Addressing the Issue of Insufficient Information in Data-based Bridge Health Monitoring

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CAIT project no.: CAIT-UTC-042

Fiscal Year: 2012/2013

Status: Final

Rutgers-CAIT Author(s): Patrick Szary, Ph.D., Rutgers' CAIT

External Author(s): Raimondo Betti, Ph.D., Columbia University

Sponsor(s): Parsons Transportation Group


This project endeavored to develop, investigate, and quantitatively validate techniques that address issues and limitations of a scarcity of measured data in data-based bridge health monitoring.

One of the most efficient ways to solve the damage-detection problem using statistical pattern recognition is to exploit the methods of outlier analysis. Cast within the pattern recognition framework, damage detection assesses if patterns of damage-sensitive features that are extracted from the system response under unknown conditions depart are different from those drawn by the features extracted from the system response in a healthy state.

The metric dominantly used to measure the testing feature’s departure from the trained model is the Mahalanobis Squared Distance (MSD). Evaluation of MSD requires the use of the inverse of the training population’s covariance matrix. It is known that when the feature dimensions are comparable to the number of observations, the covariance matrix is ill-conditioned and numerically problematic to invert. When the number of observations is smaller than the feature dimensions, the covariance matrix is not even invertible.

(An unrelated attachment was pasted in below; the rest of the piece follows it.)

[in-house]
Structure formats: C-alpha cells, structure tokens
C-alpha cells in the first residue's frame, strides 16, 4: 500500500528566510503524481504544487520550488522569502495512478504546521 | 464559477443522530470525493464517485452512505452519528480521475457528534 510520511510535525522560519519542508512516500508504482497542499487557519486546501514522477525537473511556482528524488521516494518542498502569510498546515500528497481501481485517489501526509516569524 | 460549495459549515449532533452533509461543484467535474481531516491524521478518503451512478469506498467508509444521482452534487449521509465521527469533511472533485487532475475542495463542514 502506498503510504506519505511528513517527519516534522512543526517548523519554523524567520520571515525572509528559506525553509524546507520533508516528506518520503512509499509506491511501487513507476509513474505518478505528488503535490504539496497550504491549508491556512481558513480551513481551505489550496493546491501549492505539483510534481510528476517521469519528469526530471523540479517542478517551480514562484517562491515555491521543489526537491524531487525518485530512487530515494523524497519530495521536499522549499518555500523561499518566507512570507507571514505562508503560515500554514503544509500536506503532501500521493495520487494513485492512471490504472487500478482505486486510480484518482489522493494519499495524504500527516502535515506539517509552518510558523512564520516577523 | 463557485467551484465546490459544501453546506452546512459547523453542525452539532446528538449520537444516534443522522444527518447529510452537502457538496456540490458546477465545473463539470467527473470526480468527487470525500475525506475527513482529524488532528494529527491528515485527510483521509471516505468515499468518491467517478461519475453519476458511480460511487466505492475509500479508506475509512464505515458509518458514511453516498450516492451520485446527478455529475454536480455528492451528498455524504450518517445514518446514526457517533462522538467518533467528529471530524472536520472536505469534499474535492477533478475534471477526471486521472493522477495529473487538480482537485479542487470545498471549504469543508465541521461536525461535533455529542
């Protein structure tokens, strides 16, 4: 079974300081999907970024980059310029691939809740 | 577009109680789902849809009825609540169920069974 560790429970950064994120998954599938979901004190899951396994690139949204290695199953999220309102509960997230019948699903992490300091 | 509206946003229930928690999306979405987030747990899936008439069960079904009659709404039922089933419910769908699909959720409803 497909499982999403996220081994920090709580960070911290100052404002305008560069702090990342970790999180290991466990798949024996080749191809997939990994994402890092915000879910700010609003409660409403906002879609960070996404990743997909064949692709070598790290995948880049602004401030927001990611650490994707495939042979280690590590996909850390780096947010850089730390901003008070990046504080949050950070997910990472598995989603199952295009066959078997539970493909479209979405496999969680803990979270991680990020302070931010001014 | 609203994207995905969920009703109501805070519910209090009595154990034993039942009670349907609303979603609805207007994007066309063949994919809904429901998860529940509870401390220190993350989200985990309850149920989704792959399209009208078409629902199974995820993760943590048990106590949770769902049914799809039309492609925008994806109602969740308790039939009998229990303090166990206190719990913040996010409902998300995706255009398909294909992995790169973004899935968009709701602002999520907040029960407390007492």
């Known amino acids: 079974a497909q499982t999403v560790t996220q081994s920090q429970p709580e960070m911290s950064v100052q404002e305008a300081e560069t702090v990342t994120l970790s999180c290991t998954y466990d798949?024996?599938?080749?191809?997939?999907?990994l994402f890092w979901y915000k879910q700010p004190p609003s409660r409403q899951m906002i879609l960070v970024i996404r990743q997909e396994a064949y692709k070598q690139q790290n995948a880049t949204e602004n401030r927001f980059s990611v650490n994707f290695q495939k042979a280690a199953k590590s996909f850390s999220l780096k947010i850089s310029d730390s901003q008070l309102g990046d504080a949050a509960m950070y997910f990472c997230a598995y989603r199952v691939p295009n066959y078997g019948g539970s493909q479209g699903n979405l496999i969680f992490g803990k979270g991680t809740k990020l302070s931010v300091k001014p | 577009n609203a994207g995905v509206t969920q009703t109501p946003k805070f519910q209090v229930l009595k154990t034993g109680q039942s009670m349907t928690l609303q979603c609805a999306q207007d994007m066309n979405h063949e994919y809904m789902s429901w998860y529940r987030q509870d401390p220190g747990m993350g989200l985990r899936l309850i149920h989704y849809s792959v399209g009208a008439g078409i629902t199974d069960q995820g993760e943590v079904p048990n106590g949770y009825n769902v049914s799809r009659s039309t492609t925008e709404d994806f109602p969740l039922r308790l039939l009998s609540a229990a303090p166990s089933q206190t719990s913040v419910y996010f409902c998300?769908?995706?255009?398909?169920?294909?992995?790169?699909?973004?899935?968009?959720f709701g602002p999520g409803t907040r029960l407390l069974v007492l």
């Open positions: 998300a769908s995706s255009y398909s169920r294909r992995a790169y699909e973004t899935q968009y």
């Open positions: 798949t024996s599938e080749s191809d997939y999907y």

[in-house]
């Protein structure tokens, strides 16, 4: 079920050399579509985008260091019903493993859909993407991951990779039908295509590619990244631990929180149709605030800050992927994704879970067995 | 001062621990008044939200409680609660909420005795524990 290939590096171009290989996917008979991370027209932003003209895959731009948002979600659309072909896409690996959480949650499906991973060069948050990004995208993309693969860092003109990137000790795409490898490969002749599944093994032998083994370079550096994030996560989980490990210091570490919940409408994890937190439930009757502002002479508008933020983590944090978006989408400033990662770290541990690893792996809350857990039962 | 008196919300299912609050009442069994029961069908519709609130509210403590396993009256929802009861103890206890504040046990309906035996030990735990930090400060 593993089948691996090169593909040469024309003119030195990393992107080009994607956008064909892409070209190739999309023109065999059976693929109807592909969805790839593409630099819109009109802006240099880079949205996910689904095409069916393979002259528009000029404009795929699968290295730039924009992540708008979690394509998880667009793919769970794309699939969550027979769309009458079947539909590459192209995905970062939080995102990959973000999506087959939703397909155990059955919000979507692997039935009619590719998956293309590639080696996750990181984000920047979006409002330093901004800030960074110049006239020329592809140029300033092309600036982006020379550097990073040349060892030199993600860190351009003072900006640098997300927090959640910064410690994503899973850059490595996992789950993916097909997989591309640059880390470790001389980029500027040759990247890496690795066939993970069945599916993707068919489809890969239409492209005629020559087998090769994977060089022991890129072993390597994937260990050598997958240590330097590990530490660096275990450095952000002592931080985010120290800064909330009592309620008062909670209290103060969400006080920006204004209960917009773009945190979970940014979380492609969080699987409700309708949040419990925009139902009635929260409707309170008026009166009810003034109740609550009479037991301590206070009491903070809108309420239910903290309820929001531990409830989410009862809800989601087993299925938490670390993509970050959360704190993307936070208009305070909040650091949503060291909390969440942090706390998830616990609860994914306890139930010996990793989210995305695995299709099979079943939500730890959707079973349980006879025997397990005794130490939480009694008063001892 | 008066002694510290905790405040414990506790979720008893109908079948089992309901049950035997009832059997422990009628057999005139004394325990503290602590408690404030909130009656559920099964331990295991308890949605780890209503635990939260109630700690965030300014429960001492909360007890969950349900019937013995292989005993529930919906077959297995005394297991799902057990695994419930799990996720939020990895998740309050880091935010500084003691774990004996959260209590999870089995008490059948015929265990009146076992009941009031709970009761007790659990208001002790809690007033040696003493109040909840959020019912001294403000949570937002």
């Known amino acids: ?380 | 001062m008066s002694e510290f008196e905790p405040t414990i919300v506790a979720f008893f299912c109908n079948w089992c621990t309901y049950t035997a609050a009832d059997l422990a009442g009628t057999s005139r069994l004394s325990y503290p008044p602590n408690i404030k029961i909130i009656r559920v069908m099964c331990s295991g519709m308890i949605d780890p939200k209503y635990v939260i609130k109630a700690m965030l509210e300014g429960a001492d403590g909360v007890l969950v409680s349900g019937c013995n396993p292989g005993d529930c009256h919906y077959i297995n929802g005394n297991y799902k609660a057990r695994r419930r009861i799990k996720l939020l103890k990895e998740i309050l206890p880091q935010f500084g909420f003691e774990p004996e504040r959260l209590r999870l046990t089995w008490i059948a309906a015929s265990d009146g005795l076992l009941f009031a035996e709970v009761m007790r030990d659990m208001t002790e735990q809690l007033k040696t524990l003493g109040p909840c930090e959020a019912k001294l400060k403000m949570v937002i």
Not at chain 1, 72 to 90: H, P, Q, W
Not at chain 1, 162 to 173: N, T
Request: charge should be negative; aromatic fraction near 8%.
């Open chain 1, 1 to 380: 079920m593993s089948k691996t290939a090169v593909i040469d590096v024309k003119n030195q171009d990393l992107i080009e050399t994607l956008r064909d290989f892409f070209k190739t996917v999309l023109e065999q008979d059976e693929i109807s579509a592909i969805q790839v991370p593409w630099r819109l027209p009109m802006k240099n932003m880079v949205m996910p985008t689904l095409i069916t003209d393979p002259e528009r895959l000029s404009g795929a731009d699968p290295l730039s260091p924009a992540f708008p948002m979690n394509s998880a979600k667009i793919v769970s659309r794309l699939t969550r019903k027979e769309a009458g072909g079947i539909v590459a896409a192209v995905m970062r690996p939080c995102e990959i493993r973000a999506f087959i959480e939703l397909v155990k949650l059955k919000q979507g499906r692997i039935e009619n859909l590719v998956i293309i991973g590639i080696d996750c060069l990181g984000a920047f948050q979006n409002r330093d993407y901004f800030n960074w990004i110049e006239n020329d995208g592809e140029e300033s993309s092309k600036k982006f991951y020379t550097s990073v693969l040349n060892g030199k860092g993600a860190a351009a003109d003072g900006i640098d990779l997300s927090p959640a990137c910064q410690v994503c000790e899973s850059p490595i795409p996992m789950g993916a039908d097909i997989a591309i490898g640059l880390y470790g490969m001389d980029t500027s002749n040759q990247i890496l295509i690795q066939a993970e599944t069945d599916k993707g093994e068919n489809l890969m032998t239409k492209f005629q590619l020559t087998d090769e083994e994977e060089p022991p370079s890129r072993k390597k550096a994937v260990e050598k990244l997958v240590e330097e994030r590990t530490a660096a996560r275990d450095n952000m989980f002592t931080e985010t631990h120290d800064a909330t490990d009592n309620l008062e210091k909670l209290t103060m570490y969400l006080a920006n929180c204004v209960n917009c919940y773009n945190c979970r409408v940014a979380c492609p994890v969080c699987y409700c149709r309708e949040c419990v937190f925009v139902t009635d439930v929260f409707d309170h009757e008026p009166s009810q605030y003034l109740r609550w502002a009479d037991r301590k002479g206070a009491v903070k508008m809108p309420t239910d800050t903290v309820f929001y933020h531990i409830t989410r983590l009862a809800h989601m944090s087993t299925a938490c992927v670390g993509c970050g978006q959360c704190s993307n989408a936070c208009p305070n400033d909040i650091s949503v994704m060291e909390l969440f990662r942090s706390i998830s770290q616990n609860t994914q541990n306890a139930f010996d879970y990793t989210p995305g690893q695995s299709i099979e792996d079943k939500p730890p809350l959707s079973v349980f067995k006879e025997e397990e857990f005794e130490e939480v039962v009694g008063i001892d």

In this work, four alternatives to the canonical damage-detection procedure were investigated: 1) data compression through Discrete Cosine Transform, 2) use of pseudo-inverse of the covariance matrix, 3) use of shrinkage estimate of the covariance matrix, and 4) a combination of the three techniques.

The performance of the four methods was first studied for solving the damage identification problem on simulated data from a four DOFs shear-type system, and on experimental data recorded on a four-story steel frame excited at the base using the shaking table facility available at the Columbia University’s Carleton Laboratory.

Finally, the proposed techniques also were investigated in the context of damage location applications on simulated data from a bridge deck model.